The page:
How electricity became a right, and what it means for broadband

Glenn Fleishman's "The Killer App of 1900" draws striking parallels between the present-day debate over the necessity of Internet access and the early 20th century debate over the necessity of electricity. In the early days of electrification, electricity was a luxury, providing lights to a few people who chose electric over gas. The idea that electricity was a necessity (let alone a right) was widely held to be absurd. But because of the many applications for electric power, electrification quickly grew to be central in most Americans' lives, and many electrification projects were ultimately taken on by governments, from the local to the national (FDR's Rural Electrification Act).
Undoubtedly, you see where I've been going with all this. Broadband in 2009 is electricity in 1900. We may think we know all the means to which high-speed Internet access may be put, but we clearly do not: YouTube and Twitter prove that new things are constantly on the way and will emerge as bandwidth and access continues to increase.

Like electricity, the notion of whether broadband is an inherent right and necessity of every citizen is up for grabs in the US. Sweden and Finland have already answered the question: It's a birthright. Hong Kong, Japan, South Korea, and many European countries aren't far behind in having created the right regulatory and market conditions to bring better and affordable broadband to a greater percentage of its citizens than in the US.

In Seattle, we'll see how Mayor-Elect McGinn proceeds with a broadband plan cooked up under his predecessor (where it languished) that would let anyone in Seattle ask for and receive a fiber-optic hookup for Internet, TV, and voice at competitive rates to today's slower and funkier cable and DSL services. (As I said in today's Morning Fizz, I'm encouraged that McGinn has kept Nickels' technology guy, Bill Schrier (the guy who came up with the plan), on board.)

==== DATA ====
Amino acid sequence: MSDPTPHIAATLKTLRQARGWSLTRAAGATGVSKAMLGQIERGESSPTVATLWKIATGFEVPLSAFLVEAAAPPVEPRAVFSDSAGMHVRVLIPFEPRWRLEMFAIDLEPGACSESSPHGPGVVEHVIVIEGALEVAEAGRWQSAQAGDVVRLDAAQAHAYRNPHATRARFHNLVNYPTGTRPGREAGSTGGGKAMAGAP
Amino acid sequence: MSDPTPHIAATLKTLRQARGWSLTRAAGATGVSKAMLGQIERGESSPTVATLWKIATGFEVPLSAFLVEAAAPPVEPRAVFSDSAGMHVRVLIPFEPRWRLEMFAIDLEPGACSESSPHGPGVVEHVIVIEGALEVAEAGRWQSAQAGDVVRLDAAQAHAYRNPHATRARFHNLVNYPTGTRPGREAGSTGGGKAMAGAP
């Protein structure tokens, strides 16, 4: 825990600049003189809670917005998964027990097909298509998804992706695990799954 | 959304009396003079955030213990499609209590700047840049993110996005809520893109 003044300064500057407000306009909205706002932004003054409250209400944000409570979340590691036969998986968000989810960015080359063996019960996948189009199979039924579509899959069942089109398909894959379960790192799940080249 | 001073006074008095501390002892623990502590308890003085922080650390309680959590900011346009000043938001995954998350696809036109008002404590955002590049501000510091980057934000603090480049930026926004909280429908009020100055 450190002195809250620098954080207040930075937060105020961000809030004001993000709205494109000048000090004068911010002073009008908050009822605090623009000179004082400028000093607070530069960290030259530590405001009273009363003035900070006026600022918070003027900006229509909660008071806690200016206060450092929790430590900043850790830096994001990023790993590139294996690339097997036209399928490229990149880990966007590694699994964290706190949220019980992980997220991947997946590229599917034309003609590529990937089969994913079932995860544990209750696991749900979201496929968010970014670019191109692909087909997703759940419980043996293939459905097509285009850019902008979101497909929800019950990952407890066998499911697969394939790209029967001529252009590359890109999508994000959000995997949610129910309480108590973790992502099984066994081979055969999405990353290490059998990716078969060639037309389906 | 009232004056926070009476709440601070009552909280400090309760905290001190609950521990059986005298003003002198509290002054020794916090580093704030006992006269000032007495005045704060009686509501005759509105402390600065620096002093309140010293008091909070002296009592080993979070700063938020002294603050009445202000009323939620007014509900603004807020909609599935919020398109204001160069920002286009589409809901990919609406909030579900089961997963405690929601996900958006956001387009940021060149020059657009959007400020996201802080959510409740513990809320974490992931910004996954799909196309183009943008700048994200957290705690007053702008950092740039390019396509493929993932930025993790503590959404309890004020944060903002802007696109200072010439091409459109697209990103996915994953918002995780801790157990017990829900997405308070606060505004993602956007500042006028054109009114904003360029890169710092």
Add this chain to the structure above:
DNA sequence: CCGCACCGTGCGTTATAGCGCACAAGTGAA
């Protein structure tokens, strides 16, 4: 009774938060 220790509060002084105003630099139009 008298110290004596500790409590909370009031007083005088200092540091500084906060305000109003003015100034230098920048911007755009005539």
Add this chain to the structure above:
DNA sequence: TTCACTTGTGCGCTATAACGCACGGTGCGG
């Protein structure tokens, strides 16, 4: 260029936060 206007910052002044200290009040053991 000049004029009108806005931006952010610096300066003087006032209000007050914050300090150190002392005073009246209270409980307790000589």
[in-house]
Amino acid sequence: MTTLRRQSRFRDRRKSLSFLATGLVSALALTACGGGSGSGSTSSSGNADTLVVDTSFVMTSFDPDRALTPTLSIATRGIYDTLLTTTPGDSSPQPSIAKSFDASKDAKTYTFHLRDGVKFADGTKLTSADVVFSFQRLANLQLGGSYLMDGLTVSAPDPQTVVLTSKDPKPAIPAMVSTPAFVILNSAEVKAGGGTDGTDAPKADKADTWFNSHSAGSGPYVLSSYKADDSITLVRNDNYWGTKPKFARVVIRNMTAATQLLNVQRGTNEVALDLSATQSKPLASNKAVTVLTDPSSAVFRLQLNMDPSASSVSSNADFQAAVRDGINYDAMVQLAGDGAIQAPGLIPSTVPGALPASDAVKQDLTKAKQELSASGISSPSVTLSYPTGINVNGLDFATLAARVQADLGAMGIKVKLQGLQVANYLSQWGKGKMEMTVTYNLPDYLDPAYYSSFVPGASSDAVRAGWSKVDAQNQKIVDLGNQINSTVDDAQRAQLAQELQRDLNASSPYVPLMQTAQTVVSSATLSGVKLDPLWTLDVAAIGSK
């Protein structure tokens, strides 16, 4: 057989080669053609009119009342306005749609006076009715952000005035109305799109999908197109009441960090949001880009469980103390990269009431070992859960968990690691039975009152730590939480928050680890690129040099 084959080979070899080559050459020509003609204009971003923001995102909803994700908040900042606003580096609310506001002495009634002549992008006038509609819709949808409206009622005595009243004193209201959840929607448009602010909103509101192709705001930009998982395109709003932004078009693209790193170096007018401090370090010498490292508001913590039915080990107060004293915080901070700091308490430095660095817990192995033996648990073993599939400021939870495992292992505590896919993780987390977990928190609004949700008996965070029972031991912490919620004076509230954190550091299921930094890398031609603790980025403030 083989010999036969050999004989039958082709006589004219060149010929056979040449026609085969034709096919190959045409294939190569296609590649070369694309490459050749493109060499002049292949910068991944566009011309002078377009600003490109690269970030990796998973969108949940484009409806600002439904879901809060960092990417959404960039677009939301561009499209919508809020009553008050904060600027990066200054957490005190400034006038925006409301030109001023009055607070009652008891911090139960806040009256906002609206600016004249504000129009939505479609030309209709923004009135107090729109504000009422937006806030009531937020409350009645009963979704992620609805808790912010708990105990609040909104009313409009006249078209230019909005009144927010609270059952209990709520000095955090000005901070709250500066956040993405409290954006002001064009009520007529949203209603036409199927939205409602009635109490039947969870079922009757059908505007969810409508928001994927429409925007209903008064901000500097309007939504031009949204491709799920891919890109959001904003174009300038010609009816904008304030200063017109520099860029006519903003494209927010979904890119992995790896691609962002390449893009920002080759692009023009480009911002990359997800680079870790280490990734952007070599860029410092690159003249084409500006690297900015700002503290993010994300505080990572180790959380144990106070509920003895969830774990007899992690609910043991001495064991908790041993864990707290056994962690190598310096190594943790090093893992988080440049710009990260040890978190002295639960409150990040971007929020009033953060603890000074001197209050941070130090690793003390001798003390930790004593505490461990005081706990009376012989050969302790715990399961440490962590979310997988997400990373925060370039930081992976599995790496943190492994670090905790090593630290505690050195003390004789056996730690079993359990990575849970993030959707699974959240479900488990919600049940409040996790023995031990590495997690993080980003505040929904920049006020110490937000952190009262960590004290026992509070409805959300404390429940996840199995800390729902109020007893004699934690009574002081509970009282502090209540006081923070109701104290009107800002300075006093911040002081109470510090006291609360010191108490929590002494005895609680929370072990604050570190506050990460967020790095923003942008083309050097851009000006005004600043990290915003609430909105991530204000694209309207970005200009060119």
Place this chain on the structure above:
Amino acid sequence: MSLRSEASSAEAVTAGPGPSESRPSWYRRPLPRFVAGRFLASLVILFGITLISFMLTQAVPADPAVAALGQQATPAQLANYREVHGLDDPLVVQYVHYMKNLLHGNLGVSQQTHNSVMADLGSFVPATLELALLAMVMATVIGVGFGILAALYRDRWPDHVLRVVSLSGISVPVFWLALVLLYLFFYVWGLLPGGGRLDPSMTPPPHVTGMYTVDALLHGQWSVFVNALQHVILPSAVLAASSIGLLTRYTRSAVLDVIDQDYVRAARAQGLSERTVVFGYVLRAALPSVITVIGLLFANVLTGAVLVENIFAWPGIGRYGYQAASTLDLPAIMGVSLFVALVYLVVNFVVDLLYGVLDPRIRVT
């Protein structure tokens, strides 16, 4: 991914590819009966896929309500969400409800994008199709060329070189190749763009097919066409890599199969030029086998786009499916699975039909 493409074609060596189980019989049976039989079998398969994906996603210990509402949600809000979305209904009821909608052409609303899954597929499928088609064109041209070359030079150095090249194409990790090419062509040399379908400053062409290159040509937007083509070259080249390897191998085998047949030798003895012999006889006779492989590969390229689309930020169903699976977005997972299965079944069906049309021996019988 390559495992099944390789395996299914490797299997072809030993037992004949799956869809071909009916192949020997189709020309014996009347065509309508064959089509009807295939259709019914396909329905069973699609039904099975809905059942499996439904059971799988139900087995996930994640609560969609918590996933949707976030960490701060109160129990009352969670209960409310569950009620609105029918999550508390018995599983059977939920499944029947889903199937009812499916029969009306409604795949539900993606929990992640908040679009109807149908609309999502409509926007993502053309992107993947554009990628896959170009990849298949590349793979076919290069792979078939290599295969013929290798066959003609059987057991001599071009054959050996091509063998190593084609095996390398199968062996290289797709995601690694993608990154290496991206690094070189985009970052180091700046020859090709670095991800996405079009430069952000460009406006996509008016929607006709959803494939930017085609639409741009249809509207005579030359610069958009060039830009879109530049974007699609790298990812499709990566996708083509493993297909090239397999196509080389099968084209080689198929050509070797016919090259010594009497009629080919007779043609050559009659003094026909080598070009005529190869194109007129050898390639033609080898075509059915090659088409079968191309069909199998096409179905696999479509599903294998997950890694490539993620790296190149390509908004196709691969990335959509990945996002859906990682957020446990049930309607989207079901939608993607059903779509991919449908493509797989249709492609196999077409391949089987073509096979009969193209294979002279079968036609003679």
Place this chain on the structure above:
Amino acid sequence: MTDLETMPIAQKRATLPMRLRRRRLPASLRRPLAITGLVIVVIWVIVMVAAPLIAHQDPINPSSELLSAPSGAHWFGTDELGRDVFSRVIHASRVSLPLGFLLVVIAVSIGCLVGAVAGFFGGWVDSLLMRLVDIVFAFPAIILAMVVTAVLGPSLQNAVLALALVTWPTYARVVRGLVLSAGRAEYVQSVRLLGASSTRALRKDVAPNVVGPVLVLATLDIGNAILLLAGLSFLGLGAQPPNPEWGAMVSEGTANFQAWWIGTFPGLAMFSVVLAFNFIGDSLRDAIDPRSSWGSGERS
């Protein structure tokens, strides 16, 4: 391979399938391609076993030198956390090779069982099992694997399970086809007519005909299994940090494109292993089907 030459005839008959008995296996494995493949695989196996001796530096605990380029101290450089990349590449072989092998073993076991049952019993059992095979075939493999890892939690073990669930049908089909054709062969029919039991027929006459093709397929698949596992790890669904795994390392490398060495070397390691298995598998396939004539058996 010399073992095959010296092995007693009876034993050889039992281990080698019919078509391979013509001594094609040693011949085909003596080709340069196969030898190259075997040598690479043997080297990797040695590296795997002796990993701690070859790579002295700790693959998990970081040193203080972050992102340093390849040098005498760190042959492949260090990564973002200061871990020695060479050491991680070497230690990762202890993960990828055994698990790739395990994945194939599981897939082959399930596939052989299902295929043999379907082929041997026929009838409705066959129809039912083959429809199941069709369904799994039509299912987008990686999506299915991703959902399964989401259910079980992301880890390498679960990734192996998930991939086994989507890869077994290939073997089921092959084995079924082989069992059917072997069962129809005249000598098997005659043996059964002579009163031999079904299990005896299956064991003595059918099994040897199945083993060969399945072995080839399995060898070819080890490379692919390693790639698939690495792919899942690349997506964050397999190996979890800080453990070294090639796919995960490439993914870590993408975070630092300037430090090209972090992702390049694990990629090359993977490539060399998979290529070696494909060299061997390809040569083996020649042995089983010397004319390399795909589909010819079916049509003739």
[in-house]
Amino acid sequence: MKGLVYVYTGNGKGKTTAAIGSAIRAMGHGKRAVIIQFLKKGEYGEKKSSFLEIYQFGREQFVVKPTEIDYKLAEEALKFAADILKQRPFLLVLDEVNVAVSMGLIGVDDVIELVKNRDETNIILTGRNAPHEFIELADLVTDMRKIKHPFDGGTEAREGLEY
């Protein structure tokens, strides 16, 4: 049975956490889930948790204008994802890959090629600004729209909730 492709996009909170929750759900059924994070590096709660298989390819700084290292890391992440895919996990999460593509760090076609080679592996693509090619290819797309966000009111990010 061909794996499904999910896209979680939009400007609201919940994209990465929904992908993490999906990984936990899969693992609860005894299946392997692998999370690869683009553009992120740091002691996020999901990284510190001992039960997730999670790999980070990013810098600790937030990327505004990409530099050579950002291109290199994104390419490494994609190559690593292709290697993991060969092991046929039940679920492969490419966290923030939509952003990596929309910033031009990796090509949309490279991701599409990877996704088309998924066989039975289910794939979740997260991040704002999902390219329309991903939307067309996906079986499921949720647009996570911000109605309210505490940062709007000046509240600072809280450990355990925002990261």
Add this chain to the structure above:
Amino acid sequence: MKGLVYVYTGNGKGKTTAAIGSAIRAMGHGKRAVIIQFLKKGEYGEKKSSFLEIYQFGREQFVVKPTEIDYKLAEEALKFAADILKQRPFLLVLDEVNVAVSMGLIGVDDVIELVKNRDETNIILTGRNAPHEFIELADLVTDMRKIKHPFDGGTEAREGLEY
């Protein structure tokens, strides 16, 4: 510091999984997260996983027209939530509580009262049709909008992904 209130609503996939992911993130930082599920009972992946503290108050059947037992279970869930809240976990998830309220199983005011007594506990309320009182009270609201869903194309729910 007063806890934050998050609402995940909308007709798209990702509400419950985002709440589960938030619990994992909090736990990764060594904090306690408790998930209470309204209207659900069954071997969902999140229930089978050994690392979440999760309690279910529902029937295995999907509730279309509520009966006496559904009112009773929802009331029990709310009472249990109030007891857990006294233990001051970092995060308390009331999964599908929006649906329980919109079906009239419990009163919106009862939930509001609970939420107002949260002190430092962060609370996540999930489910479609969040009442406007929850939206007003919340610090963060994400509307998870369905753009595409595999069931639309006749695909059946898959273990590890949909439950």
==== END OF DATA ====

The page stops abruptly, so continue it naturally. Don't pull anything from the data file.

The Killer App of 1900 (via /.)

(Image: File:TVA water supply Wilder.gif, Wikimedia Commons)


  1. Does it matter?

    As long as the Telecoms are gonna be in charge of the networks, most americans would be better off without them.

    That is, unless the people who are going to pay for the broadband rollout actually get to be the owners of the network. Got some great deals on bridges and land in florida for anyone interested.

  2. While I agree broadband is nice, I no more believe it is a ‘right’ than I believe a television is right. The comparison of broadband to electricity is flawed.

    First, what does electricity provide us and why is it so important? Food, clothing, shelter.

    Food – refrigerator, cooking for most people. I personally use gas, but I do use an electric rice cooker, and I’d be lost without a place to store all my perishables.

    Clothing, most people don’t bother sewing their own clothing any more, but many people still do use sewing machines to fix things hem things up, etc. Even I know how to use one.

    Shelter. I used to work on new house construction and have seen first hand the amount of tools used in its creation. While it may be possible to make a house in modern times without the use of electricity, it will take longer, and thus cost more. (Time = money) One of the first things provided before the house is even built is electricity.

    What exactly does broadband provide us? Any essential service? It can be stretched to include such things. I can order food, clothing, and tool over the internet. I can use it as a phone replacement, which I actually do.

    Effectively, however, it does little more than a television and a telephone does right now. And your television is certainly not a right. In fact, many people argue it’s a complete waste of time! (I certainly won’t argue against that!)

    While I do believe that broadband should be a service provided to all, just as telephones and electricity are, I honestly don’t believe it’s a right.

    When things like free books (library services), free education (schools), reliable telephone communications, and jobs for the masses, rather than the privileged few are talked about and implemented, perhaps broadband will become not only important to have, but essential. Right now, it’s little more than a toy for most of the people that use it.

    I also realize that every one of these arguments can turned to favor broadband as a right. Still, I don’t believe broadband is anything more than a glorified television. An entertainment center for most. I know I find it pretty entertaining.

  3. @#2
    I suspect people managed to have food, clothing, and shelter in the years before the grid. Electricity just provided a much more convenient way to access them (although personally I don’t own a sewing machine)

    However I think your point was that the internet is like tv: entertainment. And that entertainment shouldn’t be a ‘right’ because it is nonessential and somewhat frivolous.